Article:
Amjad Ali Shah

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Amjad Ali Shah
King of Oudh
Flag of Awadh.svg 4th King of Oudh
Reign7 May 1842 – 13 February 1847
Coronation17 May 1842, Farhat Bakhsh Palace, Lucknow
PredecessorMuhammad Ali Shah
SuccessorWajid Ali Shah
Bornbefore 30 January 1801
Died13 February 1847 (1847-02-14)
Farhat Bakhsh Palace, Lucknow
Imambara Sibtainabad, Hazratganj, Lucknow
  • Malka Ahad Begum[1]
  • Malka Kaiswar[2]
Full name
Najmud-Daulah Abul Muzaffar Musleh-uddin Muhammad AMJAD ALI SHAH
FatherMuhammad Ali Shah
ReligionShia Islam

Amjad Ali Shah (b. c. 1801 – d. 13 February 1847) was the fourth King of Oudh from 7 May 1842 to 13 February 1847.[3][4]


His reign began in May 1842.[4] His administration was responsible for a new bridge over the river Gomti and a metalled road from Lucknow to Kanpur.[4][5] He also built the Hazratganj and Aminabad Bazar, major shopping markets in Lucknow.[5]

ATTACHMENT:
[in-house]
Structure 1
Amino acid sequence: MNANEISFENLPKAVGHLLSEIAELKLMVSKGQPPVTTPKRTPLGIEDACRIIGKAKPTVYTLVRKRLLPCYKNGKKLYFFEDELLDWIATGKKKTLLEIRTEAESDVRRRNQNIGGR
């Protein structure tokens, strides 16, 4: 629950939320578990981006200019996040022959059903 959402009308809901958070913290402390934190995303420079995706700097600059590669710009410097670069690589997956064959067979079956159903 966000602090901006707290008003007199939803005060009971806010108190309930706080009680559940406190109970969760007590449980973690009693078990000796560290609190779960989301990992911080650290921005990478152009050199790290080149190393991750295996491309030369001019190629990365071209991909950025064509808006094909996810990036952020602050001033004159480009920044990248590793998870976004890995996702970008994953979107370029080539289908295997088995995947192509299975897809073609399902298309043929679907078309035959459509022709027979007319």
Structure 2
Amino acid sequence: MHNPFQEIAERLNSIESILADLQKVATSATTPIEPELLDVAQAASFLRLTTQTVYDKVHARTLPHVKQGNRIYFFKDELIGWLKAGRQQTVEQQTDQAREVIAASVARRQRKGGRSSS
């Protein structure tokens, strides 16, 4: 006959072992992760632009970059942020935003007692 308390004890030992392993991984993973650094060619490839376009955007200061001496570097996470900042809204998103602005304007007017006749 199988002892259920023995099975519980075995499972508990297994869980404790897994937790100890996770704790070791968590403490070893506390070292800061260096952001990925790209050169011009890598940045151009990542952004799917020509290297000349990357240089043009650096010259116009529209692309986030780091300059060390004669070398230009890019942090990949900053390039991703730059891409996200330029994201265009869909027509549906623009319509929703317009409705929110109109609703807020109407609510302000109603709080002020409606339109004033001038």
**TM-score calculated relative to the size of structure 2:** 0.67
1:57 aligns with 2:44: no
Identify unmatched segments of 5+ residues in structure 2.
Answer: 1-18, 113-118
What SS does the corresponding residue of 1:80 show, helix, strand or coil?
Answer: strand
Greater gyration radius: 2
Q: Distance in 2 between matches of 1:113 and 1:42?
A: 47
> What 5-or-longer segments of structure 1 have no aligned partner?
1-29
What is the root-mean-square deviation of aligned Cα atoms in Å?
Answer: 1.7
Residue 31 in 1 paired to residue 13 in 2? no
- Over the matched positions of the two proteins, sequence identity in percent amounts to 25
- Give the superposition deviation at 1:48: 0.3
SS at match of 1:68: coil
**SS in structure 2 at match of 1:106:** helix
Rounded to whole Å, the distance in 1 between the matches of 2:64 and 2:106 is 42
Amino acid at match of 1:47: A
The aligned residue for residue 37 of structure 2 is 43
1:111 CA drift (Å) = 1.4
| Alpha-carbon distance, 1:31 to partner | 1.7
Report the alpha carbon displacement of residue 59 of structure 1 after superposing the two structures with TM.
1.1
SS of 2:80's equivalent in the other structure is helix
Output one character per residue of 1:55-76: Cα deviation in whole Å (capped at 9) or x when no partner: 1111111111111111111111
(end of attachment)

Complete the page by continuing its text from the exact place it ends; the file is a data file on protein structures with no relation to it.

He died of cancer[6] on 13 February 1847 at the age of 47 years. He is buried at Imambara Sibtainabad in the western part of Hazratganj, Lucknow.[1] He was succeeded by his son Wajid Ali Shah.

Sons of Amjad Ali Shah
Suliman Kudr[8]
Preceded by
Mo`in ad-Din Abu´l-Fath Mohammad `Ali Shah
Padshah-e-Oudh, Shah-e Zaman
7 May 1842 – 13 Feb 1847
Succeeded by
Naser ad-Din `Abd al-Mansur Mohammad Wajed `Ali Shah


  1. ^ a b Lucknow Sightseeing Tours, Lucknow Travel Directory, Lucknow Tourism Guide, Arts & Culture of Lucknow, Places of Interest in Lucknow Archived 21 November 2008 at the Wayback Machine
  2. ^ Childrens Wajid Ali Shah(Son), Ashraf un nisa Begum Malikai Douran Nawab Afsar Bahu Sahiba(Daughter) "ApnaLucknow- Your guide to the City of Nawabs: Tourist Section". Archived from the original on 27 October 2009.
  3. ^ Princely States of India
  4. ^ a b c "HISTORY OF AWADH (Oudh) a princely State of India by Hameed Akhtar Siddiqui". Archived from the original on 1 September 2001. Retrieved 23 October 2009.
  5. ^ a b NAWABS OF OUDH & THEIR SECULARISM – Dr. B. S. Saxena
  6. ^ Tornos India – About Us – Nawabs of Avadh Archived 10 October 2008 at the Wayback Machine
  7. ^ Published in The Illustrated London News, 1857.
  8. ^ a b Attributed to Felice Beato, 1858–1859.


  1. ^ title after death

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